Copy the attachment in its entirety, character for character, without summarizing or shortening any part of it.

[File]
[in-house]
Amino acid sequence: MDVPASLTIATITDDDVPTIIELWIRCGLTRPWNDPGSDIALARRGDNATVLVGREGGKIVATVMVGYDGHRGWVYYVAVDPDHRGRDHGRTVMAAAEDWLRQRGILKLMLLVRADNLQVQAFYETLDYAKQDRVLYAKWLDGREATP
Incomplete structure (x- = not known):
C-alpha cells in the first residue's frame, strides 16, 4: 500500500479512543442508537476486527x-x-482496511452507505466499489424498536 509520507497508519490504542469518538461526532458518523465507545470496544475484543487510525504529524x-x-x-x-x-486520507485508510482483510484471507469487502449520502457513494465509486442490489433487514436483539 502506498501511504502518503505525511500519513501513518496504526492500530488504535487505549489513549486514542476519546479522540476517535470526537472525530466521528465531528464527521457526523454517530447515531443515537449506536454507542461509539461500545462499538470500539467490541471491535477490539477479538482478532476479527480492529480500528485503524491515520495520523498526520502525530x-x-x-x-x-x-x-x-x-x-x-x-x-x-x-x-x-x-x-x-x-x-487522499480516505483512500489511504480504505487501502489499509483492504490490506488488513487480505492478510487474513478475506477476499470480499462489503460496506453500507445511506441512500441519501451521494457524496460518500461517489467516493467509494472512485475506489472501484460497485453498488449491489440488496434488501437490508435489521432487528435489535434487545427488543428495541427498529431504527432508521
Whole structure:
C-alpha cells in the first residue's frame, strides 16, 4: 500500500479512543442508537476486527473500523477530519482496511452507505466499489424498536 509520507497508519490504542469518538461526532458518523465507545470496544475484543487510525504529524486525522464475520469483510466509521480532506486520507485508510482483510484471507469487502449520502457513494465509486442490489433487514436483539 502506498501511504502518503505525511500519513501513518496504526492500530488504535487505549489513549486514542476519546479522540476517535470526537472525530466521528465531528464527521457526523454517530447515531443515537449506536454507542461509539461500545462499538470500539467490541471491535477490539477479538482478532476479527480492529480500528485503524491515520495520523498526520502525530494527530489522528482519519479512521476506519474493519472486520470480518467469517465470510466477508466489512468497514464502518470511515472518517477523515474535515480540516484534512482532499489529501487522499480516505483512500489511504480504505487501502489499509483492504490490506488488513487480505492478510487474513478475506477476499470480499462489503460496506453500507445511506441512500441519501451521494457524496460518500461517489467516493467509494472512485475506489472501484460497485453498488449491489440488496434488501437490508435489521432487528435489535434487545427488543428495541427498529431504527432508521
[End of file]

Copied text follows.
[in-house]
Amino acid sequence: MDVPASLTIATITDDDVPTIIELWIRCGLTRPWNDPGSDIALARRGDNATVLVGREGGKIVATVMVGYDGHRGWVYYVAVDPDHRGRDHGRTVMAAAEDWLRQRGILKLMLLVRADNLQVQAFYETLDYAKQDRVLYAKWLDGREATP
Incomplete structure (x- = not known):
C-alpha cells in the first residue's frame, strides 16, 4: 500500500479512543442508537476486527x-x-482496511452507505466499489424498536 509520507497508519490504542469518538461526532458518523465507545470496544475484543487510525504529524x-x-x-x-x-486520507485508510482483510484471507469487502449520502457513494465509486442490489433487514436483539 502506498501511504502518503505525511500519513501513518496504526492500530488504535487505549489513549486514542476519546479522540476517535470526537472525530466521528465531528464527521457526523454517530447515531443515537449506536454507542461509539461500545462499538470500539467490541471491535477490539477479538482478532476479527480492529480500528485503524491515520495520523498526520502525530x-x-x-x-x-x-x-x-x-x-x-x-x-x-x-x-x-x-x-x-x-x-487522499480516505483512500489511504480504505487501502489499509483492504490490506488488513487480505492478510487474513478475506477476499470480499462489503460496506453500507445511506441512500441519501451521494457524496460518500461517489467516493467509494472512485475506489472501484460497485453498488449491489440488496434488501437490508435489521432487528435489535434487545427488543428495541427498529431504527432508521
Whole structure:
C-alpha cells in the first residue's frame, strides 16, 4: 500500500479512543442508537476486527473500523477530519482496511452507505466499489424498536 509520507497508519490504542469518538461526532458518523465507545470496544475484543487510525504529524486525522464475520469483510466509521480532506486520507485508510482483510484471507469487502449520502457513494465509486442490489433487514436483539 502506498501511504502518503505525511500519513501513518496504526492500530488504535487505549489513549486514542476519546479522540476517535470526537472525530466521528465531528464527521457526523454517530447515531443515537449506536454507542461509539461500545462499538470500539467490541471491535477490539477479538482478532476479527480492529480500528485503524491515520495520523498526520502525530494527530489522528482519519479512521476506519474493519472486520470480518467469517465470510466477508466489512468497514464502518470511515472518517477523515474535515480540516484534512482532499489529501487522499480516505483512500489511504480504505487501502489499509483492504490490506488488513487480505492478510487474513478475506477476499470480499462489503460496506453500507445511506441512500441519501451521494457524496460518500461517489467516493467509494472512485475506489472501484460497485453498488449491489440488496434488501437490508435489521432487528435489535434487545427488543428495541427498529431504527432508521